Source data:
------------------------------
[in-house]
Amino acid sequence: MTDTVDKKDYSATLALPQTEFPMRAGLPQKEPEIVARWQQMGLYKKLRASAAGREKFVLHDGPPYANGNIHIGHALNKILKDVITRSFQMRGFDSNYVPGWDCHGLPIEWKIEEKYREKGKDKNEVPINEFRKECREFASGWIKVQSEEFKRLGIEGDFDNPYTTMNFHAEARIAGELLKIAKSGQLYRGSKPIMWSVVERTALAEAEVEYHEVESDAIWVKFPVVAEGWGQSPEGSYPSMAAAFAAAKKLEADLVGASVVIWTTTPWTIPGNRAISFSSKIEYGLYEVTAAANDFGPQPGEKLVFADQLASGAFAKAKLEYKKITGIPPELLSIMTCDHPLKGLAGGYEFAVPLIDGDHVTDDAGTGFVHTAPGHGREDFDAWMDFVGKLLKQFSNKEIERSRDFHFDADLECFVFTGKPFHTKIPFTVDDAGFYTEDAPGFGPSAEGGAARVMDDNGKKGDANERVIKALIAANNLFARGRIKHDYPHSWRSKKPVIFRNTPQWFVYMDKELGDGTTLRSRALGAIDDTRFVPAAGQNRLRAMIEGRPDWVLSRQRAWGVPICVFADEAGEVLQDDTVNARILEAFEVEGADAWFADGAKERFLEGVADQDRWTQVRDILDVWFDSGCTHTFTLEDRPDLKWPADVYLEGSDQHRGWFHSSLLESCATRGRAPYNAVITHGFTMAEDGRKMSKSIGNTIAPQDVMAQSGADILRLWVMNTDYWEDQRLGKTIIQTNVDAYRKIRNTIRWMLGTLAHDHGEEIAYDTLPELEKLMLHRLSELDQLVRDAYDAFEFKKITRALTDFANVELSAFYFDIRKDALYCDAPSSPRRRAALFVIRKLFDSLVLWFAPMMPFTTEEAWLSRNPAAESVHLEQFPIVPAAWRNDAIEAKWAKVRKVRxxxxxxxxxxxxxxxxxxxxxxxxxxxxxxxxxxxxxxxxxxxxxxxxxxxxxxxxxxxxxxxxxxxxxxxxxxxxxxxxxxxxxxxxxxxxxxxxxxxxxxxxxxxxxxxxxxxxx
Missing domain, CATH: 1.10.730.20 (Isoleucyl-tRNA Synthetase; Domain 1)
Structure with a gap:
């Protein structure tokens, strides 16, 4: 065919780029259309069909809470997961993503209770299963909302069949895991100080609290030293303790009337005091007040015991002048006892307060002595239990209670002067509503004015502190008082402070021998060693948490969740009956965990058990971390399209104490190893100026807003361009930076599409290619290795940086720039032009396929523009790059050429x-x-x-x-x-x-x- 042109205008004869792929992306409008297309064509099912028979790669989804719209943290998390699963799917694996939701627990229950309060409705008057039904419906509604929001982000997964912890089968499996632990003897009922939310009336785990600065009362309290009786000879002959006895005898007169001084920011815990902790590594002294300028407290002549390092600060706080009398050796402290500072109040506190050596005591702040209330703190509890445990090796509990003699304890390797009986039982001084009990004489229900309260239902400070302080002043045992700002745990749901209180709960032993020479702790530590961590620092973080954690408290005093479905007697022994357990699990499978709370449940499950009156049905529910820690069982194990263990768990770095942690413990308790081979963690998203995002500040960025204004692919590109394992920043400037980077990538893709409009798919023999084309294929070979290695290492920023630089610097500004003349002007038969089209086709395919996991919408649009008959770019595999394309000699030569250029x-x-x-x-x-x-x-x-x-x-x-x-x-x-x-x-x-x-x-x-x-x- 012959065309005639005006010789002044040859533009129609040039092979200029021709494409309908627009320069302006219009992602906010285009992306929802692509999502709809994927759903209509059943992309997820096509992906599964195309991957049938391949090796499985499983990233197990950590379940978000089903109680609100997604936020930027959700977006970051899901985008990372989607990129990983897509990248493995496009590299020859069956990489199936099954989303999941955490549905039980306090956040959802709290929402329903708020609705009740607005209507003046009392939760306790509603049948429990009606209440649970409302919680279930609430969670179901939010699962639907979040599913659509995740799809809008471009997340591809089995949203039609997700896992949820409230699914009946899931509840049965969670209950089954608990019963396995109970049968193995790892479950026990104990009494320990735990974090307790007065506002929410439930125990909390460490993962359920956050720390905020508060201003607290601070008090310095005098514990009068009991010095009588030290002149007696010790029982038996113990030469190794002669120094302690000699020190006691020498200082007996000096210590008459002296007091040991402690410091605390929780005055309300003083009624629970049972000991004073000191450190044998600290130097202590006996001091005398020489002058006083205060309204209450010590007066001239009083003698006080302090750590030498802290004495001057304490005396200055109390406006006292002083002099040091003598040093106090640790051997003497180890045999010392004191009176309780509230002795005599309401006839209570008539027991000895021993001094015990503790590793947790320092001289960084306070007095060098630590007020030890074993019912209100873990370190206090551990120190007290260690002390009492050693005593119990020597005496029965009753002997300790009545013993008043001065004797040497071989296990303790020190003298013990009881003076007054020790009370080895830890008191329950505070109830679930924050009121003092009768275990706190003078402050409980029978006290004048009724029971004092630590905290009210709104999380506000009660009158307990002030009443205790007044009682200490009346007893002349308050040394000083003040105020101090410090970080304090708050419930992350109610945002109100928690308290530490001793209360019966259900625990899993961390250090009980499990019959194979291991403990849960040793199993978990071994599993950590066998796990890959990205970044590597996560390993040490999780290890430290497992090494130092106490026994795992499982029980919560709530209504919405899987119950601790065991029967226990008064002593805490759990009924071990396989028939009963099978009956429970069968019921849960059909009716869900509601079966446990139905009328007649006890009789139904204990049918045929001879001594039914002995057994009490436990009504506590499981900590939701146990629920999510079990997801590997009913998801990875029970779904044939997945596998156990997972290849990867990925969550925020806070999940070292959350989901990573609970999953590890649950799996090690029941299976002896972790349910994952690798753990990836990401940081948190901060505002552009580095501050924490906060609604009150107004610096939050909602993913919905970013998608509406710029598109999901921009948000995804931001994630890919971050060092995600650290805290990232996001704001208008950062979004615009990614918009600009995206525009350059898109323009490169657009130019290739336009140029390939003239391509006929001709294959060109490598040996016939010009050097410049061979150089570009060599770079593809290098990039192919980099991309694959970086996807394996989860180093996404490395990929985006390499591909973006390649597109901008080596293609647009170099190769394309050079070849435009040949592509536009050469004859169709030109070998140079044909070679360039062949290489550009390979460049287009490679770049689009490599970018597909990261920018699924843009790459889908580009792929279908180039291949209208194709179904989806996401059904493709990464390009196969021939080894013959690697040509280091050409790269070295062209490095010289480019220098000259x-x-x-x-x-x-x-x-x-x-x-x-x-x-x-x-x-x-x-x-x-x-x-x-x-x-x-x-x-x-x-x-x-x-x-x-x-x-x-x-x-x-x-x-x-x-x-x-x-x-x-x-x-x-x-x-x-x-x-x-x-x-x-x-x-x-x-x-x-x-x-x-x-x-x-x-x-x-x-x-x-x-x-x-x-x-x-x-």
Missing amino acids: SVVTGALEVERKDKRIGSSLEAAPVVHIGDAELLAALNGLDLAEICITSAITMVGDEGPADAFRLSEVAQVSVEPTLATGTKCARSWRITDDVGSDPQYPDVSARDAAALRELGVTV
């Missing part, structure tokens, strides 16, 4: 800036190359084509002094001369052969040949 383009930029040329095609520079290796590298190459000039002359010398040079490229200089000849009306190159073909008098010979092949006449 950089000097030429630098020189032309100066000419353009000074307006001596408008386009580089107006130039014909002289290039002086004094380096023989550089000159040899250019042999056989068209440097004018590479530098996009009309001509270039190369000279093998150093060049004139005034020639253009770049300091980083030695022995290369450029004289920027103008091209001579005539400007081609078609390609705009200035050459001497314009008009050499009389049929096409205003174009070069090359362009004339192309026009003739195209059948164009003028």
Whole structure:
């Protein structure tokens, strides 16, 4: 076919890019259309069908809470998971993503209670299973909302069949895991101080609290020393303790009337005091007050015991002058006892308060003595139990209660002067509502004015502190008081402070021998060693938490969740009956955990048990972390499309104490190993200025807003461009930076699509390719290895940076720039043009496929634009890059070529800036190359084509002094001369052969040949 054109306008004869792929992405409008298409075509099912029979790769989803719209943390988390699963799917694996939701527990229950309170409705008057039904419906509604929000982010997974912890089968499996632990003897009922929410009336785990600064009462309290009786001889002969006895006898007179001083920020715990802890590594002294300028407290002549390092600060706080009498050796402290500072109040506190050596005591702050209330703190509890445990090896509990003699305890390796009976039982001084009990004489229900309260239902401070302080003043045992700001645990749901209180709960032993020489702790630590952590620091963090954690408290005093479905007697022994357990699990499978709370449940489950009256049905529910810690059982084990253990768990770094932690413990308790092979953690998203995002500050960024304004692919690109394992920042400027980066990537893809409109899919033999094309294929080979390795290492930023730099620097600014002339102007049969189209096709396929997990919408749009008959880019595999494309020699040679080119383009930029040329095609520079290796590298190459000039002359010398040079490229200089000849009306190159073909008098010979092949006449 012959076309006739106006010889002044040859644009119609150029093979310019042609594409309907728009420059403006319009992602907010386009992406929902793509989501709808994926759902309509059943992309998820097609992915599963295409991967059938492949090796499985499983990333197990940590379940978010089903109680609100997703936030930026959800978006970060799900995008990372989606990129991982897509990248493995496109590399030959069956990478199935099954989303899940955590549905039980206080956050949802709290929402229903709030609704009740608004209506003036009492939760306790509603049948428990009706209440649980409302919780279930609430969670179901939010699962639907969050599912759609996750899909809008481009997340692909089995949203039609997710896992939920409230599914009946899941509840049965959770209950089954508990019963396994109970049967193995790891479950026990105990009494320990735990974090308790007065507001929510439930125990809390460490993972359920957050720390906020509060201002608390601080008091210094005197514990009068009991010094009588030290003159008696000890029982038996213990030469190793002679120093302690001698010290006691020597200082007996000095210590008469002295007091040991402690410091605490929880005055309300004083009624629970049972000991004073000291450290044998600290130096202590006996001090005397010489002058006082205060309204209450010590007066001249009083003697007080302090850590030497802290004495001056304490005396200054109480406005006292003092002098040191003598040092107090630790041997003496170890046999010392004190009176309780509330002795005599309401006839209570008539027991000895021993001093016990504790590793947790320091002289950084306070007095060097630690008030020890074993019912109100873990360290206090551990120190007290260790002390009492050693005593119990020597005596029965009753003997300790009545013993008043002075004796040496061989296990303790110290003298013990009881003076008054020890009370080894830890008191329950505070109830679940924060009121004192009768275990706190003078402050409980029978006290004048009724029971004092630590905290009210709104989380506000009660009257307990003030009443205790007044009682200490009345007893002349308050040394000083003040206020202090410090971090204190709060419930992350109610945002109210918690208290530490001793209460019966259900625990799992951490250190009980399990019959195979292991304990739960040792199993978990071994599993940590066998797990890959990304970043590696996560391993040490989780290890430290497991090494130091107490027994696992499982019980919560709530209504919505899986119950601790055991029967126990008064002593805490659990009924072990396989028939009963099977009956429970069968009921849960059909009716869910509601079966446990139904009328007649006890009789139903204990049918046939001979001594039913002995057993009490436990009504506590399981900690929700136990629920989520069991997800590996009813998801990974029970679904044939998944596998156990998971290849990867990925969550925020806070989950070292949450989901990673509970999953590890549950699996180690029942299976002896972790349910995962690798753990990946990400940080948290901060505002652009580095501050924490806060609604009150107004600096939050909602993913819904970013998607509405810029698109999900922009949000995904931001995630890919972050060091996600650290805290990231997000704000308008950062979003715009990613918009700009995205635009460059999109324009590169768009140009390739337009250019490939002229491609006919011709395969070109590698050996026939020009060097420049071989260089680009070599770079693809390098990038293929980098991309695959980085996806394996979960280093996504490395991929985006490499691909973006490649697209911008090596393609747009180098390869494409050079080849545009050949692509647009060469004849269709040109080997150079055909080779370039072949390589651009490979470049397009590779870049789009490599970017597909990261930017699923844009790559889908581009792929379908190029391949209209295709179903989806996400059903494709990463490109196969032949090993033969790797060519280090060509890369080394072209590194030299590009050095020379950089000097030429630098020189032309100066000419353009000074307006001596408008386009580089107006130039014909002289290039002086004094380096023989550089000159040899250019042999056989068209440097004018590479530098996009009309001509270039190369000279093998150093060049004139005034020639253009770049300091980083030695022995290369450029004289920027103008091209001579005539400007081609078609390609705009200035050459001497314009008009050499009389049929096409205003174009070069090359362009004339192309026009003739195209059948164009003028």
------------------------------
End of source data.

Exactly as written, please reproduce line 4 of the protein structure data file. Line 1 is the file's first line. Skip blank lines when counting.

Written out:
Structure with a gap: